The former leader of Sinn Féin Gerry Adams has asked the High Court to order the BBC to hand over more information in relation to a defamation case he is taking against the broadcaster.
Mr Adams is suing the BBC over a 2016 BBC Spotlight programme.
He claims he was defamed by a false allegation in the programme that he had sanctioned the killing of former Sinn Féin official, Denis Donaldson, who worked for decades as a spy for MI5.
The BBC denies defamation. The corporation says it can provide certain research materials used in the making of the programme, but it says other categories of documents sought by Mr Adams are too broad.
Mr Adams claims he suffered damage to his reputation as a result of what he says is a false allegation made by an anonymous source that he sanctioned the killing of Mr Donaldson.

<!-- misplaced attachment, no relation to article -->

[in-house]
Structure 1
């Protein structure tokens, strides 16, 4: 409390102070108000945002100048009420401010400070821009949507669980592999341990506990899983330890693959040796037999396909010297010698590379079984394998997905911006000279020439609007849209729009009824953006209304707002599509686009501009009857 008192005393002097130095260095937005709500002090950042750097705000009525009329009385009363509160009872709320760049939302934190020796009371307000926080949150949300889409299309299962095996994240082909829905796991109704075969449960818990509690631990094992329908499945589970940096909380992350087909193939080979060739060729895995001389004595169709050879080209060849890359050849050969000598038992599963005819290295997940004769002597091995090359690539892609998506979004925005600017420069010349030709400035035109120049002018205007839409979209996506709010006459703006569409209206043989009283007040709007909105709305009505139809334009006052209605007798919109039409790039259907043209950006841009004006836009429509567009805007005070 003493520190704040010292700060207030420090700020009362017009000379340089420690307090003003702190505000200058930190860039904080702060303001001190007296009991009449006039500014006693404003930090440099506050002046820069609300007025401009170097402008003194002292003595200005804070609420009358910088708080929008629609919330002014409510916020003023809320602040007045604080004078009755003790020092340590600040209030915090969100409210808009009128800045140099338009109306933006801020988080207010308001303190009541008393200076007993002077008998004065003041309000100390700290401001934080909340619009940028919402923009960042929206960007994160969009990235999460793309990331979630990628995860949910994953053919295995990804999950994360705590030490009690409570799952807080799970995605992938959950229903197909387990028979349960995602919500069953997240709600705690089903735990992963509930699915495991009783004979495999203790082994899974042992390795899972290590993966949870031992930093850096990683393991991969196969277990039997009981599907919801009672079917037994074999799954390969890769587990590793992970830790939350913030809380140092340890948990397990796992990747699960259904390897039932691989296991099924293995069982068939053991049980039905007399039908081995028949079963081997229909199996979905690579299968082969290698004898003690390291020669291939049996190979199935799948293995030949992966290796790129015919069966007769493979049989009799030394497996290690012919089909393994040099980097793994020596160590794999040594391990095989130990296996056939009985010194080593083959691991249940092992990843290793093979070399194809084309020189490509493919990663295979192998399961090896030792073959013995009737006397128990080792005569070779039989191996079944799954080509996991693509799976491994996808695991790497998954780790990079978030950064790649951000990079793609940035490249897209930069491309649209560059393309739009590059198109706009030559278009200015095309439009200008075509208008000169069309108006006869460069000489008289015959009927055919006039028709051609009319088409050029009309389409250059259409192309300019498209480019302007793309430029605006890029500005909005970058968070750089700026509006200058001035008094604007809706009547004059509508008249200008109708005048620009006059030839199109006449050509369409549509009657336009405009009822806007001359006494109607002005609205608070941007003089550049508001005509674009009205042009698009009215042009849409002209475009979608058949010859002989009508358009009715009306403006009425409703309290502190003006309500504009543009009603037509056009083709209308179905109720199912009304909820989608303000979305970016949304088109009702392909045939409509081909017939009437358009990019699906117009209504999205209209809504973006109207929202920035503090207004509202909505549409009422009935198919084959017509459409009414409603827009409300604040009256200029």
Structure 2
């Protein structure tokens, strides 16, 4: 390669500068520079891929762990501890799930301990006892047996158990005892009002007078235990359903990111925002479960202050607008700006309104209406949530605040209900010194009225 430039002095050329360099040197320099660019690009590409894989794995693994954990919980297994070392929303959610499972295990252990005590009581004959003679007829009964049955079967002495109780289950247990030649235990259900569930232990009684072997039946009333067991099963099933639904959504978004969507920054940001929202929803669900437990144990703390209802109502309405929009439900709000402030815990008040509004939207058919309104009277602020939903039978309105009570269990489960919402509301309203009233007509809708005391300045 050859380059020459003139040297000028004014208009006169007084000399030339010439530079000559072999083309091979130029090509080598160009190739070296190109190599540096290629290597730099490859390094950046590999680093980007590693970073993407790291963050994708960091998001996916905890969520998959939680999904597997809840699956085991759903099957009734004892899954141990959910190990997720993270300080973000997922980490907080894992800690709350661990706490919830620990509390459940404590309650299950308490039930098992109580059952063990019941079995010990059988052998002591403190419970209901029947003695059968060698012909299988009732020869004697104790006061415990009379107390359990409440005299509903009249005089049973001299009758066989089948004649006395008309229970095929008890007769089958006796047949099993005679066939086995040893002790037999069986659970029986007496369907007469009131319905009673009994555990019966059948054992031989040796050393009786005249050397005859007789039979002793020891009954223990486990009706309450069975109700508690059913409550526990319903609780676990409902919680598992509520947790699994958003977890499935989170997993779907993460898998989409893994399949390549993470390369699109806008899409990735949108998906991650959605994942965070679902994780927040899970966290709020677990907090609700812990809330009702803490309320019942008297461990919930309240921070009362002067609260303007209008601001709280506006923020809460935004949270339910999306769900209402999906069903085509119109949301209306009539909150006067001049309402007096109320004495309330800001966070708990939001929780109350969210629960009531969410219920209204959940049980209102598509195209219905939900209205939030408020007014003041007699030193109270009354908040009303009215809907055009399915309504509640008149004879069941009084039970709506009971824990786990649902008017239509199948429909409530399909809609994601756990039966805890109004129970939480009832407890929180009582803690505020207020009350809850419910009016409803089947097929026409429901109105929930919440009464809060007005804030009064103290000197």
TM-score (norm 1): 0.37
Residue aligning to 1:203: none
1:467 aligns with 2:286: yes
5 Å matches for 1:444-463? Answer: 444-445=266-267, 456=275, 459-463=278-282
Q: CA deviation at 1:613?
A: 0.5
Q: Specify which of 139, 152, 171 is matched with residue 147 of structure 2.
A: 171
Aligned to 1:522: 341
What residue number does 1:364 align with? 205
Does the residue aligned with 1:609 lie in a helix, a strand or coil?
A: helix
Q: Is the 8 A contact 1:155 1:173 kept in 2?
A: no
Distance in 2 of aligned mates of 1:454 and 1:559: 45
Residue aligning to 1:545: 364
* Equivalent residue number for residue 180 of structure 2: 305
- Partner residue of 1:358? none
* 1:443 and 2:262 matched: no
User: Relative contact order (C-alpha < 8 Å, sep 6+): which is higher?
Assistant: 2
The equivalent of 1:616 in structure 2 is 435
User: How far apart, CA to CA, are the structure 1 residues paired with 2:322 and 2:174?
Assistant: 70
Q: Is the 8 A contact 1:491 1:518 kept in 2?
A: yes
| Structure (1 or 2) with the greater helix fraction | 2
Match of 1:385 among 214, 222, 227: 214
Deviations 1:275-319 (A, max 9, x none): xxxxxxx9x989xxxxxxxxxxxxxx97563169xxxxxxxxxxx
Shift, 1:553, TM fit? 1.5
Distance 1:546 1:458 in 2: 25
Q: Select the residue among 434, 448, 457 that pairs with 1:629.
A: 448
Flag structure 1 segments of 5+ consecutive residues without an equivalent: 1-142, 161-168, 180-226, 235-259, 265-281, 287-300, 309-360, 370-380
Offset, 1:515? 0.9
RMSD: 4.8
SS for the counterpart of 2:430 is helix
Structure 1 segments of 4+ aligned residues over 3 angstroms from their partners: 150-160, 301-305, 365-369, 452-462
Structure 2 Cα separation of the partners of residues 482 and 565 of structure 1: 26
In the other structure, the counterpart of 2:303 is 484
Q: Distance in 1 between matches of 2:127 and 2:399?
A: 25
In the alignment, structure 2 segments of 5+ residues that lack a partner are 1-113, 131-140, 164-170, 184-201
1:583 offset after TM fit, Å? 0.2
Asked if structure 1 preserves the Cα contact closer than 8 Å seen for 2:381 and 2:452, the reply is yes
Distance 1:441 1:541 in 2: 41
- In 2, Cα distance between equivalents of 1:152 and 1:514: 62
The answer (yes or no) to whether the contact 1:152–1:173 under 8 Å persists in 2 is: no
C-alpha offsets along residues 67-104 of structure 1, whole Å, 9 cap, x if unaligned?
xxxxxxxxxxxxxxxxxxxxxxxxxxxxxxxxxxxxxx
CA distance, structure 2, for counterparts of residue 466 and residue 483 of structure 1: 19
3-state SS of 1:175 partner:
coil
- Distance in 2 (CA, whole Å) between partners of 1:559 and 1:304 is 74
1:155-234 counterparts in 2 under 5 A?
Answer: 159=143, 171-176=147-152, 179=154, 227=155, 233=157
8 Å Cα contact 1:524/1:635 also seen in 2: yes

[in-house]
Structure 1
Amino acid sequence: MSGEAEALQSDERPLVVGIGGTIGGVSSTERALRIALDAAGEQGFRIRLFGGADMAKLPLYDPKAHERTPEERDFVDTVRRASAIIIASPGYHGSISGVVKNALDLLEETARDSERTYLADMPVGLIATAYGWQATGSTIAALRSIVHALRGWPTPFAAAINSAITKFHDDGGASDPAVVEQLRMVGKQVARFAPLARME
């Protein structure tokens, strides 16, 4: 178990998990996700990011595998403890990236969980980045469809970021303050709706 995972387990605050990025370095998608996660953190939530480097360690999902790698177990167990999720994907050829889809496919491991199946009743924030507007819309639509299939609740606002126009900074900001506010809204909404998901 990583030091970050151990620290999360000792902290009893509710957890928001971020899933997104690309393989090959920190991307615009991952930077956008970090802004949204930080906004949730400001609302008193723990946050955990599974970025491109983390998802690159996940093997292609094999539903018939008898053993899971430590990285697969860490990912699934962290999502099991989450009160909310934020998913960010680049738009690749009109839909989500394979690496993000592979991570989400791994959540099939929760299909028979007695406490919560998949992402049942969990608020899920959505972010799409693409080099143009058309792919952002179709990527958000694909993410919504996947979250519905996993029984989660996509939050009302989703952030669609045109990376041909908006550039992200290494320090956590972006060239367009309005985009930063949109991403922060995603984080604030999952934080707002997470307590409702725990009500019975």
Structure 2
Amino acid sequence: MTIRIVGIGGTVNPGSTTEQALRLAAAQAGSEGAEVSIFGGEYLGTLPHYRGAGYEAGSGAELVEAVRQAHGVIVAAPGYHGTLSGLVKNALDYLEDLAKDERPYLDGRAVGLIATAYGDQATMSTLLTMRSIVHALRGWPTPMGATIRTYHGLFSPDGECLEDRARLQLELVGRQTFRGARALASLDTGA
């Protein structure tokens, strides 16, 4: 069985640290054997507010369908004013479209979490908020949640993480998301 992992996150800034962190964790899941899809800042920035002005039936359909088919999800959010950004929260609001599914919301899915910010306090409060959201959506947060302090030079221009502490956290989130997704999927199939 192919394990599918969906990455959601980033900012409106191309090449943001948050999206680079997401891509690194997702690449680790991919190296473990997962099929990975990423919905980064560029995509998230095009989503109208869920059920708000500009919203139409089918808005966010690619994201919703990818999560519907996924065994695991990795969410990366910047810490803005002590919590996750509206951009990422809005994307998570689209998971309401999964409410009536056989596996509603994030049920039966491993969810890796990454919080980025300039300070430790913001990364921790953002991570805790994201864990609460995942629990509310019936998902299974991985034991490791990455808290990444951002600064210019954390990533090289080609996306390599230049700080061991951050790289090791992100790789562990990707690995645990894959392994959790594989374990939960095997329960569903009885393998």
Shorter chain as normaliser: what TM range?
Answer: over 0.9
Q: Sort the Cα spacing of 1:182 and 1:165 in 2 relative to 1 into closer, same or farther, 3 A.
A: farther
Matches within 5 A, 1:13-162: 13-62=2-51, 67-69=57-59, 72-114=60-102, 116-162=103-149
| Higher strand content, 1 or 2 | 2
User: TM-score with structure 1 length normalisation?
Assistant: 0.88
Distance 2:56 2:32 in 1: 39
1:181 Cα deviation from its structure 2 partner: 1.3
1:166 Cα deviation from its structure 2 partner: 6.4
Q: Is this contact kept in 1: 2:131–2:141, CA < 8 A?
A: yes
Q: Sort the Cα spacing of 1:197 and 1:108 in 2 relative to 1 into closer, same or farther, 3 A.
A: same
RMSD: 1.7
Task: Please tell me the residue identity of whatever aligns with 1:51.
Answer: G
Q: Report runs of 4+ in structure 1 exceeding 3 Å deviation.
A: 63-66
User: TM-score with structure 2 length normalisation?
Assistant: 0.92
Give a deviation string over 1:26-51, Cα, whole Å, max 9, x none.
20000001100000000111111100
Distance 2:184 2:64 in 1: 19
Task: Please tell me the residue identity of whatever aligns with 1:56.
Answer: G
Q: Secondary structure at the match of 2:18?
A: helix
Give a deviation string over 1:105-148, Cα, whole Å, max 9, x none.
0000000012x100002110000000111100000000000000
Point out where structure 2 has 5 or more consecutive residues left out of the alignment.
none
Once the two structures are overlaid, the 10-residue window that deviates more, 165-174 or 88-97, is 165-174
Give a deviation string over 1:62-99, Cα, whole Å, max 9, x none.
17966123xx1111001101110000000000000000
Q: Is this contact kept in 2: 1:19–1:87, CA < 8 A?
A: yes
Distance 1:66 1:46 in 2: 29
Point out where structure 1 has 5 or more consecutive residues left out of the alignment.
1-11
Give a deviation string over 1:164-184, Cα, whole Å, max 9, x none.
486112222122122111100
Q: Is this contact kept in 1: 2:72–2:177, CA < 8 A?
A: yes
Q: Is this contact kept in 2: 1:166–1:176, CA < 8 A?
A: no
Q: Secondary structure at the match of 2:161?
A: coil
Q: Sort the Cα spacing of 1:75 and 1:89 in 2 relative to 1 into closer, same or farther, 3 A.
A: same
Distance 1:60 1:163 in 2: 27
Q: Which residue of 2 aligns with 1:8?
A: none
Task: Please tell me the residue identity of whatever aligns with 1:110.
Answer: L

Mr Donaldson was shot dead at his home near Glenties in Co Donegal in April 2006.
The allegation was made in the programme by an anonymous source, known as "Martin", who claimed he was also a paid State agent, as well as being a member of the IRA.
Lawyers for Mr Adams said the material provided by the BBC so far was too vague and inadequate.
The BBC claims the programme was put out in good faith and during the course of a discussion on a subject of public and vital interest and that it constituted responsible journalism, which was the result of careful investigation.
Lawyers for the BBC said it was willing to hand over material in relation to research and materials used in the making of the programme, but was not prepared to go beyond that.
Senior Counsel Paul Gallagher said one of the categories of material sought by Mr Adams was so broad that would involve oppressive and onerous searches of material in the BBC's huge archive.
Mr Justice Charles Meenan reserved his decision on the issue.